On a side note, the AKC is offering a discount on signing up for its mixed breed program right now, so even though I don't plan to compete (well, maybe in Rally if the opportunity presents itself) I think I will sign up Nestle and Teddy just to support the program.
Friday, March 12, 2010
Thursday, March 11, 2010
There are plenty of other canine-centered gatherings every year, including Dog Scouts and Camp Gone to the Dogs. They seem to be increasingly popular, although our attempt to have one here on the Olympic Peninsula was a total failure. At the Dog Scouts camp I attended (sans dog), the attendees seemed to be evenly divided between returnees and new campers.
So I have to ask, what's the deal? Who actually attends these camps? Somehow I don't think it's the average dog owner (or there would be WAY more of them). Some are for specific sports, so those are easy to figure out. But the general camps, who do they attract? We tried to penetrate the Seattle market to draw from the nearest population center, but apparently failed, or maybe Seattle-ites just aren't interested.
I haven't got a handle on this, and I find it perplexing. Would you attend a camp for dogs? Would anyone you know? Just who do they attract? They were popular before stay-cations, so that isn't it.
Monday, March 8, 2010
Some well-respected names in the dog training and dog biz are involved in this acquisition, and say that the merger will encourage Radio Systems to develop electronic devices for positive trainers, and thus push the agenda of positive training. I wish them luck, and I wish it were so, but the Manners Minder itself is the most applicable case in point.
Originally marketed as the Treat n Train through the Sharper Image catalog, it is a remote rewards device that was sold along with a DVD of how to use it to teach a dog to "go place" (i.e., lie down and stay in a specific location). It did not sell well. It went through a slightly modified version and still didn't sell well, and then went to Premier as the Manners Minder. Quite a few trainers have one of the old or new version -- I have one myself. But it never made anything like a wave as far as selling to the general public.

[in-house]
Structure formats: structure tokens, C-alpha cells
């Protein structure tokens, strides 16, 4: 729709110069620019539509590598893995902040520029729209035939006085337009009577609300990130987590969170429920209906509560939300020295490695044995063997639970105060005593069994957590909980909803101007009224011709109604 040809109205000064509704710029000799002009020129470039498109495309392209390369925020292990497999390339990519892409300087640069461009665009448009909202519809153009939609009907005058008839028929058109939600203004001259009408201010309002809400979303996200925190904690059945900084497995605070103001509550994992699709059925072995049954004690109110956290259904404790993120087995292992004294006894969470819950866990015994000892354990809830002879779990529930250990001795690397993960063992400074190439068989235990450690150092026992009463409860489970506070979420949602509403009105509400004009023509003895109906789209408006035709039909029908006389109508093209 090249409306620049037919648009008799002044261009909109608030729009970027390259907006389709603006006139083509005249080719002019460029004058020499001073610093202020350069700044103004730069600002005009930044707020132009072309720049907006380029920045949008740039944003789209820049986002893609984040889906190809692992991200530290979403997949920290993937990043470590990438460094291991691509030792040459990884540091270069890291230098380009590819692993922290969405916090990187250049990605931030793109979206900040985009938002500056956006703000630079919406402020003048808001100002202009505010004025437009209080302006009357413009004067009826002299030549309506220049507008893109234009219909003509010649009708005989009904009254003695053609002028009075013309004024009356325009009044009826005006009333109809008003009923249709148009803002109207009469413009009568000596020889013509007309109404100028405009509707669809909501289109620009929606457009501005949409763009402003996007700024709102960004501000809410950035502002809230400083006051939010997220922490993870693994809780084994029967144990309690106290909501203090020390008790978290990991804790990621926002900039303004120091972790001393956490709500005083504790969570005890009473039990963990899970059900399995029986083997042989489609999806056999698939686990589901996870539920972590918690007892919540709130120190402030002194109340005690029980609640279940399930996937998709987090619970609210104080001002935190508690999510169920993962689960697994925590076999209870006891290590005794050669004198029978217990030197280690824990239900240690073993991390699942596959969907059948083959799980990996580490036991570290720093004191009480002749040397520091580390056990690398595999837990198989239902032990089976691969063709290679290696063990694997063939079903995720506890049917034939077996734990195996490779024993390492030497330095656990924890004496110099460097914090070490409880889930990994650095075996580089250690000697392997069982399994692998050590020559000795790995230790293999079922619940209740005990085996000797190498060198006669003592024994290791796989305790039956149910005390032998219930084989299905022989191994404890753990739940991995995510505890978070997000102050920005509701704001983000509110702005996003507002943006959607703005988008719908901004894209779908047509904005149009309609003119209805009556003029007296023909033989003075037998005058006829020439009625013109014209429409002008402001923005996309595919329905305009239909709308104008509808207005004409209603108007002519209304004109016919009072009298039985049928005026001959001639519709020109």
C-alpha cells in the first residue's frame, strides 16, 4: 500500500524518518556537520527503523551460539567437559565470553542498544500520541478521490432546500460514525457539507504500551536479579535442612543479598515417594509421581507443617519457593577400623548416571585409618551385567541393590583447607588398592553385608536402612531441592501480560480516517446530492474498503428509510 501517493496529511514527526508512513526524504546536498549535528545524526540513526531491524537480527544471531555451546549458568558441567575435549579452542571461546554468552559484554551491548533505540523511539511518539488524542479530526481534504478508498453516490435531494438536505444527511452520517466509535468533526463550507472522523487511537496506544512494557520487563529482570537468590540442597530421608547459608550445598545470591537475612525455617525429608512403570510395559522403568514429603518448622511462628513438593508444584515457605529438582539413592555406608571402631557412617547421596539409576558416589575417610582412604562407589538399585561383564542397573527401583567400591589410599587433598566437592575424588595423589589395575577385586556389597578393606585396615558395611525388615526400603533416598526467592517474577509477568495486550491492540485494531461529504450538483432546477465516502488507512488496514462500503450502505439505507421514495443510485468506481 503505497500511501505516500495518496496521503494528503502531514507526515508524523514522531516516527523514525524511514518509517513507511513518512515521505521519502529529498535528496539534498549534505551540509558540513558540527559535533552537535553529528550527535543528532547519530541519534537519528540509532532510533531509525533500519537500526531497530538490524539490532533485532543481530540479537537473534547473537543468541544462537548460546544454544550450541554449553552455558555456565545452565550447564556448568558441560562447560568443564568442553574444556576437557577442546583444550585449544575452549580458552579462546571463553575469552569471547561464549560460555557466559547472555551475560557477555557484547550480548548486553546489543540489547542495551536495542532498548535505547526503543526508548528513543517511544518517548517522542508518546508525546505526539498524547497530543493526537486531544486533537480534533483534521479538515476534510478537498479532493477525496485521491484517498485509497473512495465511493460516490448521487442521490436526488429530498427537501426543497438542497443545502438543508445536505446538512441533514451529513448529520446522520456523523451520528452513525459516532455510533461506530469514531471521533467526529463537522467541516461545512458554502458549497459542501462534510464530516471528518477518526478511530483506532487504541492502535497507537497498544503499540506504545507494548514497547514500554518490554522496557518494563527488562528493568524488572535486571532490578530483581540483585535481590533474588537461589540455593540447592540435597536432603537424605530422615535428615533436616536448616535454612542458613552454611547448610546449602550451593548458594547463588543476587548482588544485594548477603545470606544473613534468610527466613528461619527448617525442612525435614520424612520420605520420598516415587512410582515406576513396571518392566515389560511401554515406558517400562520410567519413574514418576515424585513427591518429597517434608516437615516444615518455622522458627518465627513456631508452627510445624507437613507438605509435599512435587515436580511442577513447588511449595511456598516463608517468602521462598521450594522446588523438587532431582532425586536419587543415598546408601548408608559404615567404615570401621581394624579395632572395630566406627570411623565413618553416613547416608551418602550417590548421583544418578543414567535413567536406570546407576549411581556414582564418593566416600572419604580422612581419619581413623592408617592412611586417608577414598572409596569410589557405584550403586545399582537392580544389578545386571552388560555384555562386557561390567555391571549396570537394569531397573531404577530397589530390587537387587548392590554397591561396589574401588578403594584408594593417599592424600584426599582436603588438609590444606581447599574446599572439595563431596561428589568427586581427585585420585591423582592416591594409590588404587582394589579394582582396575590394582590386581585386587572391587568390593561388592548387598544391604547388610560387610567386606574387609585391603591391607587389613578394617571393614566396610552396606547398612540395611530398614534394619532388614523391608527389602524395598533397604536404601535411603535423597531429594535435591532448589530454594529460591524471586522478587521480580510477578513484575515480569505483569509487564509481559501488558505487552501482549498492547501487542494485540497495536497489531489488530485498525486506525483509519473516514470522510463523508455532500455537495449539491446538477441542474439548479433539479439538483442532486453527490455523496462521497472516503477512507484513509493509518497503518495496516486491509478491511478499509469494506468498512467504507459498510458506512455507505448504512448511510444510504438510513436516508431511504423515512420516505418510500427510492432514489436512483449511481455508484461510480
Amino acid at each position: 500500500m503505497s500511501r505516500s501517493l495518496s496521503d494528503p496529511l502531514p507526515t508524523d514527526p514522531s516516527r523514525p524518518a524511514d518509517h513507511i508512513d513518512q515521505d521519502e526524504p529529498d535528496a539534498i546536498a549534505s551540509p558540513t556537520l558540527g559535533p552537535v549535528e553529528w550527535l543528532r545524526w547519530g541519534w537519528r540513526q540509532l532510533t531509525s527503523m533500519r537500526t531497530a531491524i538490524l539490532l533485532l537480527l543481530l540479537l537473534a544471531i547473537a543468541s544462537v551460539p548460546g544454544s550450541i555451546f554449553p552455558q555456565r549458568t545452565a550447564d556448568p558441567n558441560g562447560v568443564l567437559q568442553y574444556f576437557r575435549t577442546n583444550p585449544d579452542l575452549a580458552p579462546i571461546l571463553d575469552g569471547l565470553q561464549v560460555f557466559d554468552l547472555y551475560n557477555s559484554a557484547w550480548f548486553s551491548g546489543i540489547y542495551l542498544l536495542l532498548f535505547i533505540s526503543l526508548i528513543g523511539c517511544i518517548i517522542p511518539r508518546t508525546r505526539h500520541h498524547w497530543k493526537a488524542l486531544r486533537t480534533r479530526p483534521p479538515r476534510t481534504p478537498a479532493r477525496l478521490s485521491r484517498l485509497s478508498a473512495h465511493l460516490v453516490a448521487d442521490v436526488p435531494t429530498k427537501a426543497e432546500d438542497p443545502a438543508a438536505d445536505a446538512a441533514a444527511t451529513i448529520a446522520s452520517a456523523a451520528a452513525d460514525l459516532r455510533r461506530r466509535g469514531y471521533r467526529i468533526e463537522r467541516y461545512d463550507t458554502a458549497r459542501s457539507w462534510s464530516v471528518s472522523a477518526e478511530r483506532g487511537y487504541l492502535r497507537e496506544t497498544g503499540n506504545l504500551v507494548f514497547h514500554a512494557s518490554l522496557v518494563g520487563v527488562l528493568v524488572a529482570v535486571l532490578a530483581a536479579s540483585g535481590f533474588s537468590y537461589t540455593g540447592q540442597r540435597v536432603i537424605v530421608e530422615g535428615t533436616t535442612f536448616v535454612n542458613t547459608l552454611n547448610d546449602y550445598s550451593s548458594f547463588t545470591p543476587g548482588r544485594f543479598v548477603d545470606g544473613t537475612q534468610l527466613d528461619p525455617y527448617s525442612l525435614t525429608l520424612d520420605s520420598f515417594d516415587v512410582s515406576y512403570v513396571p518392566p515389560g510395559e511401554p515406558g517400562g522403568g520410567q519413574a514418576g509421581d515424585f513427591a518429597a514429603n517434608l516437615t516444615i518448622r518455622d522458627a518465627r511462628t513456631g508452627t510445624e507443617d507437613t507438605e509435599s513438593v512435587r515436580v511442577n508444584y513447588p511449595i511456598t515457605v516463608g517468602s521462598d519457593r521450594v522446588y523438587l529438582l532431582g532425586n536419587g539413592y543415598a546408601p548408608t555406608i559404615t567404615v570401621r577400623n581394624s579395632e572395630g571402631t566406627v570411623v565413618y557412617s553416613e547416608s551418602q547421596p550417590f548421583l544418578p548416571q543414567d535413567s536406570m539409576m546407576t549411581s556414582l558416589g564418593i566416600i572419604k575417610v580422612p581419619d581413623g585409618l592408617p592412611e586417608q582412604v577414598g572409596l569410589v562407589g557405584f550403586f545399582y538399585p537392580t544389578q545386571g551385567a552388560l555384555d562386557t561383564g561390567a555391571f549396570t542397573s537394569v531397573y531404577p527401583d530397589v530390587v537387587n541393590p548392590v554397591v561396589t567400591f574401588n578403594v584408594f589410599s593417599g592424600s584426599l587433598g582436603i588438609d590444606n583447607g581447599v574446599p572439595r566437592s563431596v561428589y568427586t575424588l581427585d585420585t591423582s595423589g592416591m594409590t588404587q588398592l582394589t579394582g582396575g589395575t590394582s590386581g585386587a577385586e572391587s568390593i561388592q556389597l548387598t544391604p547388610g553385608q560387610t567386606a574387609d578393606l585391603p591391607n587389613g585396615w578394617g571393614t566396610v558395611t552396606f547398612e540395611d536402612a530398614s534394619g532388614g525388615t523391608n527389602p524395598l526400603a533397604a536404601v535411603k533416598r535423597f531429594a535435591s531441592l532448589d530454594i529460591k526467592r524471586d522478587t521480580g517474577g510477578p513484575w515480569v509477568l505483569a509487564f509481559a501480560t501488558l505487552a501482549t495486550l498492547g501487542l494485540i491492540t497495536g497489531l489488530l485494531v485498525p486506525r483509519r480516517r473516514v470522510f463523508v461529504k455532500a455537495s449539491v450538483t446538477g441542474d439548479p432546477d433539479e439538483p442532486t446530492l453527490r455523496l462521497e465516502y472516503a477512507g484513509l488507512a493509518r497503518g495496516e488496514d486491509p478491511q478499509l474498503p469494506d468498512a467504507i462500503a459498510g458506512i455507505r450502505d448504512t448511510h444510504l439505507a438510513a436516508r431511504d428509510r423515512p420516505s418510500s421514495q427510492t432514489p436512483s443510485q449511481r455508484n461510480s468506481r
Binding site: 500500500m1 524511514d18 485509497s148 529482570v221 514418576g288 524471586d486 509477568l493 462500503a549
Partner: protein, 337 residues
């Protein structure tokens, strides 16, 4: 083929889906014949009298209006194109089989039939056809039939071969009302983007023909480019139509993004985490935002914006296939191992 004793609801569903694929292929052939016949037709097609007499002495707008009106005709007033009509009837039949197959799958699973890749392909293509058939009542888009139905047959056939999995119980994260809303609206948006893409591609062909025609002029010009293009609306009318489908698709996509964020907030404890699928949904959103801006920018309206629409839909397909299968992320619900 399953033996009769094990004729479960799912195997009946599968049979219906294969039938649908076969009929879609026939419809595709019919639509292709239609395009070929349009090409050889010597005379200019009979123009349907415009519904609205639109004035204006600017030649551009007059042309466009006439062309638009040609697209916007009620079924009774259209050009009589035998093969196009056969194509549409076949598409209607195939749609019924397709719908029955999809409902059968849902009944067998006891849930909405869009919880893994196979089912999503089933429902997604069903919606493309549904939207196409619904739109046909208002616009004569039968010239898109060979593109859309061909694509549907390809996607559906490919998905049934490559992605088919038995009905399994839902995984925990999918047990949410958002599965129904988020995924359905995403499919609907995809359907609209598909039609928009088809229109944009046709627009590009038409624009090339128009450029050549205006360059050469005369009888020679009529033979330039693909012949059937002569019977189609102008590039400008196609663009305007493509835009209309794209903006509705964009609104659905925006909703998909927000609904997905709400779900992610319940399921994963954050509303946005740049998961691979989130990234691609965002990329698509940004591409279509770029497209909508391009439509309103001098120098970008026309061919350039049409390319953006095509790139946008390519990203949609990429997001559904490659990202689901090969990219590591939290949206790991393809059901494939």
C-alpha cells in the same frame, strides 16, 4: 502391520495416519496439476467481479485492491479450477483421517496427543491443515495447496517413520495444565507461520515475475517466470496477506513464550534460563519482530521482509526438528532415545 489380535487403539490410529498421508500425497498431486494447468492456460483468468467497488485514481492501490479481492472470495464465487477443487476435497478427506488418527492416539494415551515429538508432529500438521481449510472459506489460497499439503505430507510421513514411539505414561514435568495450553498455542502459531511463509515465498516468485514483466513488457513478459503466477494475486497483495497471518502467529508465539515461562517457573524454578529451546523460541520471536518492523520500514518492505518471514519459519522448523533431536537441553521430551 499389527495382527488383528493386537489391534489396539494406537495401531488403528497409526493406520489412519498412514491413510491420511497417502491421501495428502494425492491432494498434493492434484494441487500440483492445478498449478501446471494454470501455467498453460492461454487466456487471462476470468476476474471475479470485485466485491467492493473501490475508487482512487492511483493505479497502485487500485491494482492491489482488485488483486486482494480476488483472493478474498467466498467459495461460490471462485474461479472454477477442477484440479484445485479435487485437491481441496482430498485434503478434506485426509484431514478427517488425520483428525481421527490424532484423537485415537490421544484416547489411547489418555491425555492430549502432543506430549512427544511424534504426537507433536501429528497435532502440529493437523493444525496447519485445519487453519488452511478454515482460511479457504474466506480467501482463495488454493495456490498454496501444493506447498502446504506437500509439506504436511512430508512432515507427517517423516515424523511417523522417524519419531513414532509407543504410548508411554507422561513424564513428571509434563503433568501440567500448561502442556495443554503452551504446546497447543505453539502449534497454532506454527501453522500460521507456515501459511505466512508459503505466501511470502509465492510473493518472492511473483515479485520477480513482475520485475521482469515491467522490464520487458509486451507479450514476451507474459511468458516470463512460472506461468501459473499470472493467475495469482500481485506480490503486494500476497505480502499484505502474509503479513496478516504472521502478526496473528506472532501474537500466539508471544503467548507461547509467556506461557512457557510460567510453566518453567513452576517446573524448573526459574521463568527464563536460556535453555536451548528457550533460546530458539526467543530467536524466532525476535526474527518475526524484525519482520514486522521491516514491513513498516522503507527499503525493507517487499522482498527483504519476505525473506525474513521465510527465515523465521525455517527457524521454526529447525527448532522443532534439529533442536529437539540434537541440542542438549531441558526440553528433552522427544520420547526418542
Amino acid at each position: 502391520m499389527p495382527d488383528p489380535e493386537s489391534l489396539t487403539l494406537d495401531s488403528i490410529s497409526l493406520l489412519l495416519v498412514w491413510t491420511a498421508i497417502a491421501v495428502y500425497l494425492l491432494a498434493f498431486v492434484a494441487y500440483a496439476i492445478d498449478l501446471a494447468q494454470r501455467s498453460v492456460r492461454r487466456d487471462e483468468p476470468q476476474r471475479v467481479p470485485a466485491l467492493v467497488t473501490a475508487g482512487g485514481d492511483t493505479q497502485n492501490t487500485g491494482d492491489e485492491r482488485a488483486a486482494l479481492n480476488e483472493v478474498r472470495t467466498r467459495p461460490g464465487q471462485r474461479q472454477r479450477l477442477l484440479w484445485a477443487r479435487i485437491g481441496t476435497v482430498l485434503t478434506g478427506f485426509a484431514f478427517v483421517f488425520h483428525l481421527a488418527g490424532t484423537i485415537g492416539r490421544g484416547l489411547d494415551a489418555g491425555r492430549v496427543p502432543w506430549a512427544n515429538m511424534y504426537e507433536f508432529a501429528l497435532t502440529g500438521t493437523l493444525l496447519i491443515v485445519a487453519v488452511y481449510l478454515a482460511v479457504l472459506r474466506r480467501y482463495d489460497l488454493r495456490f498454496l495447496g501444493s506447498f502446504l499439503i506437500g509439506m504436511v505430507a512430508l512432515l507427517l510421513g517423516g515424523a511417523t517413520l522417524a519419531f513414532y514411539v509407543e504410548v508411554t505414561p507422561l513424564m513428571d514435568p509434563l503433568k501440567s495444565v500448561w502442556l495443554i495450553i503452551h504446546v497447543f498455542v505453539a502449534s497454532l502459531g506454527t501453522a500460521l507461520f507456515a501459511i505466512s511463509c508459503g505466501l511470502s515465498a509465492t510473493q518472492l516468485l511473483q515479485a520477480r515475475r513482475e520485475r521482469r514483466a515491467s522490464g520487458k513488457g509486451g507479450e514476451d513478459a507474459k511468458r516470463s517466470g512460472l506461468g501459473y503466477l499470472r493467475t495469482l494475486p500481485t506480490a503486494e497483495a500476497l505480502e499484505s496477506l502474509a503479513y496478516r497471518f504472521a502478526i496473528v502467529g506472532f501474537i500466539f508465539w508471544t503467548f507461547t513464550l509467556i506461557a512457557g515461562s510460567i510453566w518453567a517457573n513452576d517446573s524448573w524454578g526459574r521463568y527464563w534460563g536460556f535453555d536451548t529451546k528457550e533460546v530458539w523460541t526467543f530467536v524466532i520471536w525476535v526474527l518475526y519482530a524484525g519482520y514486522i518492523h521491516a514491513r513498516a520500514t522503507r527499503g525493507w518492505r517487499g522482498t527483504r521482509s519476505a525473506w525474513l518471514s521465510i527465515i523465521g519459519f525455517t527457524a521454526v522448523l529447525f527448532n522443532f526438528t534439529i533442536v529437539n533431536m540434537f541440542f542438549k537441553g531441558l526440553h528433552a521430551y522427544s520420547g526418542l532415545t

On the other hand, electronic fences and shock collars are wildly popular. I cringe at ads by a local radio host I thought knew better, enthusiastically promoting an electronic fence. I try to ignore the lovely display of shock collars when I visit the local Petco. Most of the pet supply catalogs I receive have a whole section of electronic devices such as shock collars, Scat Mats, electronic fences, bark breakers, all based in punishment. I'm sure they sell or they wouldn't continue to be carried by the catalogs.
I'm a realist. I understand that some people may have covenants that prohibit them from building actual solid fences, but still need some way to contain their dog. But I also know that as a species, humans tend to find punishment rewarding. Sound contradictory? It isn't. There have been a fair number of studies demonstrating that humans are quite willing to punish other beings, sometimes to a rather horrifying extent.
Don't people find rewarding other beings rewarding themselves? That seems to be a less common characteristic of our species. Add that to the often-expressed sentiment that the dog is "doing it for spite," and you've got a real tendency toward using and accepting punishment.
So do I think that Premier will change Radio Systems for the better? No. Do I wish them all the luck in the world with their efforts? Yes.
Friday, March 5, 2010
There was a long article about wild horses in the March issue of Smithsonian. That in itself was interesting, but one line really caught my eye: "By the mid-1600s, Plains Indians were capturing and taming horses--which the Lakota called sunka wakan, or sacred dog. . ."
It's pretty obvious what the sudden availability of horses meant to Native Americans, but calling them "sacred dog" certainly brings up the thought, just what did DOGS mean to them? Dogs were used for many things, from pulling travois from camp to camp, to helping keep predators out of camp, as a food source, as a clothing source (wool dogs were specifically bred, separate from camp dogs, for their coats, which were shorn like sheep). Truly fearless braves were called dog warriors. So it appears that dogs were held in high esteem (despite their ending up in the stewpot at times), and invoking their name to give to the horse just makes that even more evident.
Tuesday, March 2, 2010
It's always a heart-rending event, but Diamond was very nearly 17 years old, and had lived a full life, with nearly 10 years devoted to pet therapy. She will be hard to replace, but we know there will be some soul out there who needs a home and fits with our family. I will have to gird myself for the trips into shelters -- I make the initial foray and only bring Judy in if there is a doggie candidate. Starting with our own local shelter makes it especially hard, as this is an old shelter with not much good going on. They just lost their second good and effective director because of the shelter board. Now the board is in charge again, and the hopes for a new building are again pushed aside. But I have to look, as adopting a dog from them would indeed be an act of rescue.
We will probably not find anything here or in Jefferson County, as both are small shelters mostly occupied by pit, Lab, hound, and shepherd crosses, and Judy requires a small dog. So it will probably be on to Kitsap, a much larger (and better run) facility where years ago I found Nestle. There is also our local rescue guild, but I haven't heard back from them yet about anything small and fuzzy they may have in foster care.
In any event, we will be an active part of National Pet Adoption Weekend this year.